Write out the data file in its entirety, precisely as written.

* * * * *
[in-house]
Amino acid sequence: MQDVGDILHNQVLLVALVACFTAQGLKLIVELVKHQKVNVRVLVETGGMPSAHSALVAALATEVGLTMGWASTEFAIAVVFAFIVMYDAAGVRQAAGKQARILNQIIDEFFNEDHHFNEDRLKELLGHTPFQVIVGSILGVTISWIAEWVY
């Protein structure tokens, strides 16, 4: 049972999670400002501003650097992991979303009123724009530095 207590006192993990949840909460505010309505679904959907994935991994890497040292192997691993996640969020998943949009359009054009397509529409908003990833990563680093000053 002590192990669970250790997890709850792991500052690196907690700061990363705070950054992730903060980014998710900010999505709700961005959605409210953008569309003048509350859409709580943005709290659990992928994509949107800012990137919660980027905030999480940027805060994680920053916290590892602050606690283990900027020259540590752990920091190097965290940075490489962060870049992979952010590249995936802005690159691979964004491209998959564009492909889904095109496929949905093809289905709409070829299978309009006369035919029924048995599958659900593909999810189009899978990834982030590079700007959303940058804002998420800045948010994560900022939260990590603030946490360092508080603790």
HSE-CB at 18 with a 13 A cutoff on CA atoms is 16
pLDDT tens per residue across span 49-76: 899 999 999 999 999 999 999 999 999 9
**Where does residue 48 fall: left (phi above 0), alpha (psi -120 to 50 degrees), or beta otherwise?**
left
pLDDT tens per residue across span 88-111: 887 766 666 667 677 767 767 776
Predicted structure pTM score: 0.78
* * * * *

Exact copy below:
[in-house]
Amino acid sequence: MQDVGDILHNQVLLVALVACFTAQGLKLIVELVKHQKVNVRVLVETGGMPSAHSALVAALATEVGLTMGWASTEFAIAVVFAFIVMYDAAGVRQAAGKQARILNQIIDEFFNEDHHFNEDRLKELLGHTPFQVIVGSILGVTISWIAEWVY
């Protein structure tokens, strides 16, 4: 049972999670400002501003650097992991979303009123724009530095 207590006192993990949840909460505010309505679904959907994935991994890497040292192997691993996640969020998943949009359009054009397509529409908003990833990563680093000053 002590192990669970250790997890709850792991500052690196907690700061990363705070950054992730903060980014998710900010999505709700961005959605409210953008569309003048509350859409709580943005709290659990992928994509949107800012990137919660980027905030999480940027805060994680920053916290590892602050606690283990900027020259540590752990920091190097965290940075490489962060870049992979952010590249995936802005690159691979964004491209998959564009492909889904095109496929949905093809289905709409070829299978309009006369035919029924048995599958659900593909999810189009899978990834982030590079700007959303940058804002998420800045948010994560900022939260990590603030946490360092508080603790």
HSE-CB at 18 with a 13 A cutoff on CA atoms is 16
pLDDT tens per residue across span 49-76: 899 999 999 999 999 999 999 999 999 9
**Where does residue 48 fall: left (phi above 0), alpha (psi -120 to 50 degrees), or beta otherwise?**
left
pLDDT tens per residue across span 88-111: 887 766 666 667 677 767 767 776
Predicted structure pTM score: 0.78